Yes, an expletive is often a swear word, but more often than not it isn't. It can be any exclamation - oh! for instance, or ouch! or that hwoof sound that old people make just after they've sat down. It's a noise that's a sign of an emotional reaction rather than possessing any particular meaning of its own.
In fact, an expletive can be any bit of language used for some reason other than advancing meaning.
So, why would anyone use words that don't help get across their message?
Well, you might use an extra word if you were trying to write a poem and what you wanted to say had the wrong number of syllables. I remember once, when I was about ten, struggling to write a line of verse and ending up with something I hated. In fact it still really bothers me now: And through my mind my dreams do creep.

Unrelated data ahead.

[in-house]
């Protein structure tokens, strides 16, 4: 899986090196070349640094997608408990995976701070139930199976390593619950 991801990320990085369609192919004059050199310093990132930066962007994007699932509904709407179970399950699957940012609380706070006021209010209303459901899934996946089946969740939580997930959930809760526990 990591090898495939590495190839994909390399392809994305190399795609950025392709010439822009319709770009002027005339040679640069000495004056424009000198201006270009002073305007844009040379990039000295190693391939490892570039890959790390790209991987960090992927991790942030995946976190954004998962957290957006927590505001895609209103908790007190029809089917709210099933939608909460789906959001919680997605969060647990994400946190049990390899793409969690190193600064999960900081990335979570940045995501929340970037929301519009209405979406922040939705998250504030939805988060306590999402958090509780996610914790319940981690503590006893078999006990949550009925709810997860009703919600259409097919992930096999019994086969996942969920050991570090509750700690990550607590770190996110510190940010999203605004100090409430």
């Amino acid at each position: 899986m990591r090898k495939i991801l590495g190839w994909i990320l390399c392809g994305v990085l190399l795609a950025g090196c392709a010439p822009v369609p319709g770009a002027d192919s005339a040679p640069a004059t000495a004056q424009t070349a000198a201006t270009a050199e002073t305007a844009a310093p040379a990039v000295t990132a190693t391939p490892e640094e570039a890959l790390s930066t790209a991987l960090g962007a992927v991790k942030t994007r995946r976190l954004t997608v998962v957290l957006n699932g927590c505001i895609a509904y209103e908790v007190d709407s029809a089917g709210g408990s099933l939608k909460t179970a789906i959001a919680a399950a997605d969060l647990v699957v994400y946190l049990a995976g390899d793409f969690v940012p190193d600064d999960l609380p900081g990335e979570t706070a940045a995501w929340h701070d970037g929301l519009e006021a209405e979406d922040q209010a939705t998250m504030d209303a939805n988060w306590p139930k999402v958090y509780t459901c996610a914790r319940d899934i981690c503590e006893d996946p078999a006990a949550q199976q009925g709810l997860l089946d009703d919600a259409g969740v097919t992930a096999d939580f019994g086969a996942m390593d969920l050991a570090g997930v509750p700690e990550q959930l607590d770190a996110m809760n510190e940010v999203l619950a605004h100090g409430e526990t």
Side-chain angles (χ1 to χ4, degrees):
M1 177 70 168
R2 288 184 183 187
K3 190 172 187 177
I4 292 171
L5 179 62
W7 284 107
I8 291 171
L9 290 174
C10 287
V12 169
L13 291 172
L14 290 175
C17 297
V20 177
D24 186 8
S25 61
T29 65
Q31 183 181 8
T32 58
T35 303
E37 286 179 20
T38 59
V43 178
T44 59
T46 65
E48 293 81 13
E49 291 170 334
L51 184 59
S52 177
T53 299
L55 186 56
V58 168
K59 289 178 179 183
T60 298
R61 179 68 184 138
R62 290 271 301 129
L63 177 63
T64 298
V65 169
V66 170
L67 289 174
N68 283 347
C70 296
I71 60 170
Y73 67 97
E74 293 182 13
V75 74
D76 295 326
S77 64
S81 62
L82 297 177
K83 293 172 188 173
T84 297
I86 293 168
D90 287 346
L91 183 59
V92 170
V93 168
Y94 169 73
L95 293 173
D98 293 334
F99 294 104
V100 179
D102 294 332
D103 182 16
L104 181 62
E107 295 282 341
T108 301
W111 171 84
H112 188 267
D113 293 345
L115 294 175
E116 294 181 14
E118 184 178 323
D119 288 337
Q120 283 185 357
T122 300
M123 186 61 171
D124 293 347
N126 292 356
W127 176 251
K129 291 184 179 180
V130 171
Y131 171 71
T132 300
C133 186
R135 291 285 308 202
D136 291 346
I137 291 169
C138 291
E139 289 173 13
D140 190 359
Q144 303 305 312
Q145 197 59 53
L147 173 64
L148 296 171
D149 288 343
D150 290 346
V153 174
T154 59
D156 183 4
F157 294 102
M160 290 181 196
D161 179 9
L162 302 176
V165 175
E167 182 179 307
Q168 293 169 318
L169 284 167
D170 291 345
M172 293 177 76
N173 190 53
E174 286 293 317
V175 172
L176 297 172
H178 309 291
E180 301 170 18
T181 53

See? That do? Entirely there for rhythmic purposes. Doesn't mean anything.
The fussiest grammarians also count phrases such as it is as expletives. In the sentence it is bonkers to think much about this sort of stuff, for instance, the it is doesn't really mean anything, and those people who honestly believe that Latin is the best language ever invented (Latin doesn't bother with it is) have even suggested that sentence should be recast: to think much about this sort of stuff is bonkers.
Or even ******* bonkers, if you ask me.
Thing To Use Today: an expletive. This word comes from the Latin plēre to fill.